Them (and us)

After the speech in December my friend Karin Spaink, who was in the audience, stood up and delivered some criticism to what we had said. Our speech, she said, contained way too many undifferentiated references to ‘them’, and ‘they’. And she was right: we should have talked about this ‘them’ issue a bit more.

I’m not much of a conspiracy nut, and I normally make the point myself that I do not believe in ‘a secret world government’ or anything like that. I know there is way to much incompetence and infighting behind the scenes to come up with something that homogenous. As they say: “Never attribute to malice that which can be adequately explained by stupidity.”

That said: I do believe there are changing groups of right-wing control freaks in every government, and I do believe that at least some of them were smart enough to have secretly coordinated plans for repressive legislation ready to be voted on as soon as the shit hit the fan. I mean: to assume all of the thinking, writing and coordinating started happening after 9/11 is nuts given how smooth it all went.

Now there’s nothing wrong with admitting that we were outsmarted. We (an undifferentiated kind of ‘we’, meaning everyone that cares about democracy) should have had our own plan B for when something like 9/11 happened, and we didn’t. Now the laws are there, they will increasingly be applied to non-muslim non-terrorists, and getting them repealed is going to be hard.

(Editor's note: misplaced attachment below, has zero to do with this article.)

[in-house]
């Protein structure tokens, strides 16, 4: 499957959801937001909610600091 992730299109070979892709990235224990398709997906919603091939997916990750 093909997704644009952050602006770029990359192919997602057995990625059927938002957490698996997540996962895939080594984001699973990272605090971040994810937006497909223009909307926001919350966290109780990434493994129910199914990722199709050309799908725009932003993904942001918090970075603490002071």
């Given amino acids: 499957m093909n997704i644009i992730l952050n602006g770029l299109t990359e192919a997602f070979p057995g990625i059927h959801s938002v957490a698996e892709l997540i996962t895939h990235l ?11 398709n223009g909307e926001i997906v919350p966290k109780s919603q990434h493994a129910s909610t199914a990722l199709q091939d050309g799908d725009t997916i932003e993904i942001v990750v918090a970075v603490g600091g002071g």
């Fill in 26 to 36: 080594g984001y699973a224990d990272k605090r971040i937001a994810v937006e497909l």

But two can play this game. I suggest legally-inclined lovers of democracy spend some time planning for a time in the not too distant future when some of this repression becomes highly controversial. Maybe some scandal that involves torture and secret prisons which, unlike the present scandals involving torture and secret prisons, manages to really upset some huge percentage of the population. If that happens, we should have all the currently unthinkable laws and motions ready for our respective parliaments to sign before the momentum is lost again.